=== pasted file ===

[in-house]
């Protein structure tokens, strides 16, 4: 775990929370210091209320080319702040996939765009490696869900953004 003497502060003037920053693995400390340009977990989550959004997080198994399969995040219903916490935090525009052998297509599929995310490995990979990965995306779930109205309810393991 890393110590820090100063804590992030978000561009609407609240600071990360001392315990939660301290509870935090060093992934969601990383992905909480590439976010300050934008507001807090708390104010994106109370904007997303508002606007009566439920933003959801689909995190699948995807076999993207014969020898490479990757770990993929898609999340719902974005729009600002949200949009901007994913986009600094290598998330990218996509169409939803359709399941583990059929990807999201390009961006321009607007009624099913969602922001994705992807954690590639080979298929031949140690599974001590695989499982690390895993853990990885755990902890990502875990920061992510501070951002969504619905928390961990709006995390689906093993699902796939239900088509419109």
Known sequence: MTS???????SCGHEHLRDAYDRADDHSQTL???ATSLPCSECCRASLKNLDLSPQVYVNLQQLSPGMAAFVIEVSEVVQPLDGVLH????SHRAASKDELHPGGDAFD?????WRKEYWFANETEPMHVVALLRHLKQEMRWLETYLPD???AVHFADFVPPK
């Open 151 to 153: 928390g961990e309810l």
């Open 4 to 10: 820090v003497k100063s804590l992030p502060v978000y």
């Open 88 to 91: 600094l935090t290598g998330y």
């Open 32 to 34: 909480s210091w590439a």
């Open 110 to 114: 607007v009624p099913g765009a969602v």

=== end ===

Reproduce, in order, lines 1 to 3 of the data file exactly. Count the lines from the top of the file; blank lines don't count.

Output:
[in-house]
């Protein structure tokens, strides 16, 4: 775990929370210091209320080319702040996939765009490696869900953004 003497502060003037920053693995400390340009977990989550959004997080198994399969995040219903916490935090525009052998297509599929995310490995990979990965995306779930109205309810393991 890393110590820090100063804590992030978000561009609407609240600071990360001392315990939660301290509870935090060093992934969601990383992905909480590439976010300050934008507001807090708390104010994106109370904007997303508002606007009566439920933003959801689909995190699948995807076999993207014969020898490479990757770990993929898609999340719902974005729009600002949200949009901007994913986009600094290598998330990218996509169409939803359709399941583990059929990807999201390009961006321009607007009624099913969602922001994705992807954690590639080979298929031949140690599974001590695989499982690390895993853990990885755990902890990502875990920061992510501070951002969504619905928390961990709006995390689906093993699902796939239900088509419109």
Known sequence: MTS???????SCGHEHLRDAYDRADDHSQTL???ATSLPCSECCRASLKNLDLSPQVYVNLQQLSPGMAAFVIEVSEVVQPLDGVLH????SHRAASKDELHPGGDAFD?????WRKEYWFANETEPMHVVALLRHLKQEMRWLETYLPD???AVHFADFVPPK